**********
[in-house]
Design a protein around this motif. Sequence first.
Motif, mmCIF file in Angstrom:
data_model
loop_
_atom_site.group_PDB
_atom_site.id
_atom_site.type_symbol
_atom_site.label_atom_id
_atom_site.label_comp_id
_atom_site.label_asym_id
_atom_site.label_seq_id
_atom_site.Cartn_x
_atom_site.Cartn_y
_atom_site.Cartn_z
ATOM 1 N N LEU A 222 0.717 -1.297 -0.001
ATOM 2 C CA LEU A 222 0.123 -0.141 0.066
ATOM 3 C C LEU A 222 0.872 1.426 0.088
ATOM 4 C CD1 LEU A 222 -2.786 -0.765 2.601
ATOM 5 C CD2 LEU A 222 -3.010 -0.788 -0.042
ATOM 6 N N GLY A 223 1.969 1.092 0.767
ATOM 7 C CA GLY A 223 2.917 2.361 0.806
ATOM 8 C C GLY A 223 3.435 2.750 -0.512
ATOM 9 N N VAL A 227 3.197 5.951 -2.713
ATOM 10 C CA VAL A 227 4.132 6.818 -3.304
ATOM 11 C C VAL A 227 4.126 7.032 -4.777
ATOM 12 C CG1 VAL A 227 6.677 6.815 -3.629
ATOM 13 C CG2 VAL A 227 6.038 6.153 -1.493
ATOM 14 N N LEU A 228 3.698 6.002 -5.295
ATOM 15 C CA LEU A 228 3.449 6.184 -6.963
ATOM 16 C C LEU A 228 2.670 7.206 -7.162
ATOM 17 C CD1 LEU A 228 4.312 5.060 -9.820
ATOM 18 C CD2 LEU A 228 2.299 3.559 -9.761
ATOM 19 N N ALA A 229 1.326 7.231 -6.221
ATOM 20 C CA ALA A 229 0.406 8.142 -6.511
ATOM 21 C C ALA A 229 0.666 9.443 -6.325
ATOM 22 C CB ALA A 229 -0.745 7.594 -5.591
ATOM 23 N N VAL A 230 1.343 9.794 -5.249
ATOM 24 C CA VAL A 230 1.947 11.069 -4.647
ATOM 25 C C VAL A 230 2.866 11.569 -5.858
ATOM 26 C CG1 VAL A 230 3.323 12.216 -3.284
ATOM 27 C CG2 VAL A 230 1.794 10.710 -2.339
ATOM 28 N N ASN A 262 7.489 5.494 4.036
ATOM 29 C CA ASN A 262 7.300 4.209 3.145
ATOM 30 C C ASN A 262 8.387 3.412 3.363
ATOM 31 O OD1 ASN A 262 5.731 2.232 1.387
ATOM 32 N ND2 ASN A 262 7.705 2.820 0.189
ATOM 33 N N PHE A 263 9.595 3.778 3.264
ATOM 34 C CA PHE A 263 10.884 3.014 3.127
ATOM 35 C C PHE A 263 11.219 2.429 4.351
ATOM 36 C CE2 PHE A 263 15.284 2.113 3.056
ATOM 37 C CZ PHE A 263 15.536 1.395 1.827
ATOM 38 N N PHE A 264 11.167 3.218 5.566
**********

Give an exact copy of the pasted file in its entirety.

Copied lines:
[in-house]
Design a protein around this motif. Sequence first.
Motif, mmCIF file in Angstrom:
data_model
loop_
_atom_site.group_PDB
_atom_site.id
_atom_site.type_symbol
_atom_site.label_atom_id
_atom_site.label_comp_id
_atom_site.label_asym_id
_atom_site.label_seq_id
_atom_site.Cartn_x
_atom_site.Cartn_y
_atom_site.Cartn_z
ATOM 1 N N LEU A 222 0.717 -1.297 -0.001
ATOM 2 C CA LEU A 222 0.123 -0.141 0.066
ATOM 3 C C LEU A 222 0.872 1.426 0.088
ATOM 4 C CD1 LEU A 222 -2.786 -0.765 2.601
ATOM 5 C CD2 LEU A 222 -3.010 -0.788 -0.042
ATOM 6 N N GLY A 223 1.969 1.092 0.767
ATOM 7 C CA GLY A 223 2.917 2.361 0.806
ATOM 8 C C GLY A 223 3.435 2.750 -0.512
ATOM 9 N N VAL A 227 3.197 5.951 -2.713
ATOM 10 C CA VAL A 227 4.132 6.818 -3.304
ATOM 11 C C VAL A 227 4.126 7.032 -4.777
ATOM 12 C CG1 VAL A 227 6.677 6.815 -3.629
ATOM 13 C CG2 VAL A 227 6.038 6.153 -1.493
ATOM 14 N N LEU A 228 3.698 6.002 -5.295
ATOM 15 C CA LEU A 228 3.449 6.184 -6.963
ATOM 16 C C LEU A 228 2.670 7.206 -7.162
ATOM 17 C CD1 LEU A 228 4.312 5.060 -9.820
ATOM 18 C CD2 LEU A 228 2.299 3.559 -9.761
ATOM 19 N N ALA A 229 1.326 7.231 -6.221
ATOM 20 C CA ALA A 229 0.406 8.142 -6.511
ATOM 21 C C ALA A 229 0.666 9.443 -6.325
ATOM 22 C CB ALA A 229 -0.745 7.594 -5.591
ATOM 23 N N VAL A 230 1.343 9.794 -5.249
ATOM 24 C CA VAL A 230 1.947 11.069 -4.647
ATOM 25 C C VAL A 230 2.866 11.569 -5.858
ATOM 26 C CG1 VAL A 230 3.323 12.216 -3.284
ATOM 27 C CG2 VAL A 230 1.794 10.710 -2.339
ATOM 28 N N ASN A 262 7.489 5.494 4.036
ATOM 29 C CA ASN A 262 7.300 4.209 3.145
ATOM 30 C C ASN A 262 8.387 3.412 3.363
ATOM 31 O OD1 ASN A 262 5.731 2.232 1.387
ATOM 32 N ND2 ASN A 262 7.705 2.820 0.189
ATOM 33 N N PHE A 263 9.595 3.778 3.264
ATOM 34 C CA PHE A 263 10.884 3.014 3.127
ATOM 35 C C PHE A 263 11.219 2.429 4.351
ATOM 36 C CE2 PHE A 263 15.284 2.113 3.056
ATOM 37 C CZ PHE A 263 15.536 1.395 1.827
ATOM 38 N N PHE A 264 11.167 3.218 5.566